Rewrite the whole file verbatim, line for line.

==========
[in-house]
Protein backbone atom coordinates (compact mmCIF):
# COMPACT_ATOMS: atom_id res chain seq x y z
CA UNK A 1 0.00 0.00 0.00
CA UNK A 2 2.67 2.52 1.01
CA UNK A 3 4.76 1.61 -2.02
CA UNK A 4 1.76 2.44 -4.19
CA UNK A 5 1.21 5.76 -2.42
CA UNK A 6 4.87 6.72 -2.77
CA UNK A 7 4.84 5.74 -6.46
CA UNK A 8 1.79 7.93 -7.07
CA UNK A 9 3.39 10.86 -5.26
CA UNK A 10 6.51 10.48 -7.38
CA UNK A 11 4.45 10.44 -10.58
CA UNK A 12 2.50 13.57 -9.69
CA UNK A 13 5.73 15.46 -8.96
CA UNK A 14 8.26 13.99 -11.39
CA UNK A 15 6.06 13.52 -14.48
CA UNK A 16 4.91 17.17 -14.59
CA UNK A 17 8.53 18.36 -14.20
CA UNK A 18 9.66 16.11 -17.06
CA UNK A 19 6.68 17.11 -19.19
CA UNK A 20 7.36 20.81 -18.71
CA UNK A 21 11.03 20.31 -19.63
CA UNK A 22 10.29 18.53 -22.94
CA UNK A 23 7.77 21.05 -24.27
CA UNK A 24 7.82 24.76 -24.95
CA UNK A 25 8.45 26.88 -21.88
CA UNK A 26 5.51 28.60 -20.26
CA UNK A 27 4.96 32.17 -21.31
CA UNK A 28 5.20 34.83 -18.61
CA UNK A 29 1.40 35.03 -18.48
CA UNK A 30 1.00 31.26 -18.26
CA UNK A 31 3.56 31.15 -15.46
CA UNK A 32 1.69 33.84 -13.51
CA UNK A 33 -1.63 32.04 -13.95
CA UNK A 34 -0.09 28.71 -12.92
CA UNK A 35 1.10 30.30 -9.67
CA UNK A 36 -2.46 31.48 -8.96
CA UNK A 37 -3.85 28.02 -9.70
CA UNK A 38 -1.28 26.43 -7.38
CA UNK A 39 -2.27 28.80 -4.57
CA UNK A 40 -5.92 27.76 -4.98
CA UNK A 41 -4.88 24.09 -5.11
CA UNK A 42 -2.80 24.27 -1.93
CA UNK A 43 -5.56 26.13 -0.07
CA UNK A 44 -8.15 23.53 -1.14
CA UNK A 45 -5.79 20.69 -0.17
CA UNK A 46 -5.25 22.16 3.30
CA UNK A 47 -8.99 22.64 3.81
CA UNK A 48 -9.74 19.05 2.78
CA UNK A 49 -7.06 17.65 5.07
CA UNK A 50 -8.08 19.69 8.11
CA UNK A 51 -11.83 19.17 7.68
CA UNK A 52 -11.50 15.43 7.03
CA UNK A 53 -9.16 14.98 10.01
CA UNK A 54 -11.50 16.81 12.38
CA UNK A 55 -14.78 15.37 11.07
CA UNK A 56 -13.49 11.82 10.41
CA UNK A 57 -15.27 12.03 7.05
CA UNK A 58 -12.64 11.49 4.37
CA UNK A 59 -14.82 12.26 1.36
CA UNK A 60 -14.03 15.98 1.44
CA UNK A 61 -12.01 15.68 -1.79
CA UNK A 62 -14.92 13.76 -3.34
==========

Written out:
[in-house]
Protein backbone atom coordinates (compact mmCIF):
# COMPACT_ATOMS: atom_id res chain seq x y z
CA UNK A 1 0.00 0.00 0.00
CA UNK A 2 2.67 2.52 1.01
CA UNK A 3 4.76 1.61 -2.02
CA UNK A 4 1.76 2.44 -4.19
CA UNK A 5 1.21 5.76 -2.42
CA UNK A 6 4.87 6.72 -2.77
CA UNK A 7 4.84 5.74 -6.46
CA UNK A 8 1.79 7.93 -7.07
CA UNK A 9 3.39 10.86 -5.26
CA UNK A 10 6.51 10.48 -7.38
CA UNK A 11 4.45 10.44 -10.58
CA UNK A 12 2.50 13.57 -9.69
CA UNK A 13 5.73 15.46 -8.96
CA UNK A 14 8.26 13.99 -11.39
CA UNK A 15 6.06 13.52 -14.48
CA UNK A 16 4.91 17.17 -14.59
CA UNK A 17 8.53 18.36 -14.20
CA UNK A 18 9.66 16.11 -17.06
CA UNK A 19 6.68 17.11 -19.19
CA UNK A 20 7.36 20.81 -18.71
CA UNK A 21 11.03 20.31 -19.63
CA UNK A 22 10.29 18.53 -22.94
CA UNK A 23 7.77 21.05 -24.27
CA UNK A 24 7.82 24.76 -24.95
CA UNK A 25 8.45 26.88 -21.88
CA UNK A 26 5.51 28.60 -20.26
CA UNK A 27 4.96 32.17 -21.31
CA UNK A 28 5.20 34.83 -18.61
CA UNK A 29 1.40 35.03 -18.48
CA UNK A 30 1.00 31.26 -18.26
CA UNK A 31 3.56 31.15 -15.46
CA UNK A 32 1.69 33.84 -13.51
CA UNK A 33 -1.63 32.04 -13.95
CA UNK A 34 -0.09 28.71 -12.92
CA UNK A 35 1.10 30.30 -9.67
CA UNK A 36 -2.46 31.48 -8.96
CA UNK A 37 -3.85 28.02 -9.70
CA UNK A 38 -1.28 26.43 -7.38
CA UNK A 39 -2.27 28.80 -4.57
CA UNK A 40 -5.92 27.76 -4.98
CA UNK A 41 -4.88 24.09 -5.11
CA UNK A 42 -2.80 24.27 -1.93
CA UNK A 43 -5.56 26.13 -0.07
CA UNK A 44 -8.15 23.53 -1.14
CA UNK A 45 -5.79 20.69 -0.17
CA UNK A 46 -5.25 22.16 3.30
CA UNK A 47 -8.99 22.64 3.81
CA UNK A 48 -9.74 19.05 2.78
CA UNK A 49 -7.06 17.65 5.07
CA UNK A 50 -8.08 19.69 8.11
CA UNK A 51 -11.83 19.17 7.68
CA UNK A 52 -11.50 15.43 7.03
CA UNK A 53 -9.16 14.98 10.01
CA UNK A 54 -11.50 16.81 12.38
CA UNK A 55 -14.78 15.37 11.07
CA UNK A 56 -13.49 11.82 10.41
CA UNK A 57 -15.27 12.03 7.05
CA UNK A 58 -12.64 11.49 4.37
CA UNK A 59 -14.82 12.26 1.36
CA UNK A 60 -14.03 15.98 1.44
CA UNK A 61 -12.01 15.68 -1.79
CA UNK A 62 -14.92 13.76 -3.34